Was it all just bravado? Well, Washington's escalation was carefully pitched: in Bush's announcement there were plenty of veiled threats and few specifics. He did not say "we are going to take over Georgia's military command and run the shit from the Pentagon", nor did he say "the US ministry of defense is going to take over Georgia's airports and sea ports". But he left enough threads dangling that one could infer a wide range of possible US actions - and from this administration, you certainly wouldn't rule out the most aggressive strategies. There is an element of the 'madman theory' in action here: let the world think we're about nuts enough to do anything, and they'll go along with our preferred strategy with some relief and gratitude. Saakashvili spoiled it by blustering that, uh huh, America was going to take over Georgia's airports and sea ports and run them from Washington. This provoked an immediate denial from his nervous American backers. As the Washington Post points out, the US appears to have been relying on "mixed signals", by "pointedly using military planes and ships and warning Russia not to block sea, air or land transport routes, while insisting it had no plans to intervene militarily." But the Pentagon insists that: "This is not an attempt to put military assets in closer proximity to inject U.S. forces into this conflict". It also denies that naval vessels will actually be sent to the Black Sea. And the US has, apparently, warned Saakashvili not to provoke Russia militarily by sending Georgian troops into South Ossetia and they had ruled out any U.S. military action to defend Georgia.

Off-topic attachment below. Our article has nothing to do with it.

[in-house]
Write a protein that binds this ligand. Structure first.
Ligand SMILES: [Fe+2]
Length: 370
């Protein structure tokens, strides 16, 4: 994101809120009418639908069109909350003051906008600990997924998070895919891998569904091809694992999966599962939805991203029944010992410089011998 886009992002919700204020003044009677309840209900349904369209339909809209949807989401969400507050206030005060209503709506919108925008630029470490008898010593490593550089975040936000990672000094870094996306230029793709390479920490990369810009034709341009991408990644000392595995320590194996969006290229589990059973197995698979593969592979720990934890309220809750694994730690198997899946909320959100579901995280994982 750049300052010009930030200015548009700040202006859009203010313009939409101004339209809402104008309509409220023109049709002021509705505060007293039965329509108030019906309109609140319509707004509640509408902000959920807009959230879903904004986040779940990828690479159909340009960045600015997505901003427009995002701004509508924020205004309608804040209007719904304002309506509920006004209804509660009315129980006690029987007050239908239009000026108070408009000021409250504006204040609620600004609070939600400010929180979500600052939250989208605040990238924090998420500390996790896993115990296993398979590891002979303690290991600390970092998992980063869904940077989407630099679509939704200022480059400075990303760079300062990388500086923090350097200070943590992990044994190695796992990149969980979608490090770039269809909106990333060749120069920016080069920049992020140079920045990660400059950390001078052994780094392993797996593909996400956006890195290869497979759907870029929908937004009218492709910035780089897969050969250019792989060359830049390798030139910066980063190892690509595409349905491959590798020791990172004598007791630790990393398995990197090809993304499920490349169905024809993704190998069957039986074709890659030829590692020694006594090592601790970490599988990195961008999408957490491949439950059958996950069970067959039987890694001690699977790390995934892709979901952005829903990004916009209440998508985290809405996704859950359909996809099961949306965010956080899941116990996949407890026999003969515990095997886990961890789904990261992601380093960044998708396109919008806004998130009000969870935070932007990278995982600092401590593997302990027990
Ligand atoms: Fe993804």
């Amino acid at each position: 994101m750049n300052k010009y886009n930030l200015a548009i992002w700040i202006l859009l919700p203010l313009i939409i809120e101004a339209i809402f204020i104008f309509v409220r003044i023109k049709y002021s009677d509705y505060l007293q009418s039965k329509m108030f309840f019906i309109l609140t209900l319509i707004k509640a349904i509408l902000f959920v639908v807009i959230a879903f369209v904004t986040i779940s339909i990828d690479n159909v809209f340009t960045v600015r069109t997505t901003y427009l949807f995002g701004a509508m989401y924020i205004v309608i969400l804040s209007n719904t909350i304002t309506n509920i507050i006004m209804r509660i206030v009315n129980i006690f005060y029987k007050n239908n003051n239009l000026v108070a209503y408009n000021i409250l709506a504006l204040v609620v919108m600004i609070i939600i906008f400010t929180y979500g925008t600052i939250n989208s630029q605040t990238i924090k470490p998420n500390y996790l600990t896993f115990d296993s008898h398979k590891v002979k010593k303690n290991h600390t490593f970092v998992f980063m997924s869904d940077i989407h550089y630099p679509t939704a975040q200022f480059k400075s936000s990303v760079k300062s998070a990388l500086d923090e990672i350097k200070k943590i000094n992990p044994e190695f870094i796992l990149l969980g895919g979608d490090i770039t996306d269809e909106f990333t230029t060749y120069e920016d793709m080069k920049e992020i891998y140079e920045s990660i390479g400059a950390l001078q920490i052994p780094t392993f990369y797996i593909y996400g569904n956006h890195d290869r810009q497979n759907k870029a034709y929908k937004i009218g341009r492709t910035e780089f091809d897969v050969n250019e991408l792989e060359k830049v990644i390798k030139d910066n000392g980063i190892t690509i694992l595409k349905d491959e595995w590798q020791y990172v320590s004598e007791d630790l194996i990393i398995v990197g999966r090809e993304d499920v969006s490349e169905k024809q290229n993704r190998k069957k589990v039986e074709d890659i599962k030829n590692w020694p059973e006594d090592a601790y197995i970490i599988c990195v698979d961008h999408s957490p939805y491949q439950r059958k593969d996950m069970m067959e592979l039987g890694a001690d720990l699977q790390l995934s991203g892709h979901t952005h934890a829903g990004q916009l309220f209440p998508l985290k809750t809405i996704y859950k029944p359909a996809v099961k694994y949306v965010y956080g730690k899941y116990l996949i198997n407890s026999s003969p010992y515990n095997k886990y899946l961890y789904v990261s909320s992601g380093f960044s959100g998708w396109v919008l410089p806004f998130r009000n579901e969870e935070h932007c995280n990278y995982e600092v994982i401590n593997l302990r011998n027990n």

Saakashvili may be upsetting the American posture with his mercurial performances, but that doesn't mean we can feel at ease. The crucial point here is that the situation has its own deadly dynamics that can override the exiguous constraints of diplomacy. Bearing in mind the context of a brutal struggle over the control of energy supplies in the region, and given America's determination to maintain the encirclement of Russia, Georgia is still a dangerous frontline. The US mission, moreover, is clearly not a 'humanitarian' one, and to that extent Pentagon disavowals are totally unbelievable. The US may deliver substantial relief supplies (the scale of the proposed aid is supposedly unusually large), but I expect they will do so in addition to supplying military aid and direction. Already they have helped deliver 2,000 Georgian troops from Iraq and supplied substantial military training, and among their current avowed aims is to send a few dozen officers to liaise with the Georgian military. There is also the question of divisions in the American state. It seems as if there is an effort by some in the defense establishment to take the heat out of Bush's remarks. The US military leadership may not want anything that could even approach a confrontation with Russia - but the civilian leadership is quite ruthless and has a knack for outmanoeuvering its opponents in the state. Regionally, the US may also decide to up its game. The presence of US troops across the former Soviet states has thus far been quite limited: no need for them as long as there's a pro-Washington regime and no serious military threat. Although the 'lily-pads' are significant in terms of their potential uses, securing strategic routes for US troops should the need arise, the total number of US troops in the former Soviet countries as of 2005 was 132 [pdf] (by contrast, there were over 35,000 troops stationed in Japan and almost 30,000 in South Korea). In light of intensified struggles in the Caucasus and Central Asia, that figure may rise substantially. And as I have said before, even if the current dilemmatic is temporarily resolved, it is bound to flare up again soon. The fact that this contest is rooted in something as central to global capitalism as the extraction and transport of energy means that it is permament and inclined to escalate - and that ought to give us a presentiment of real horror.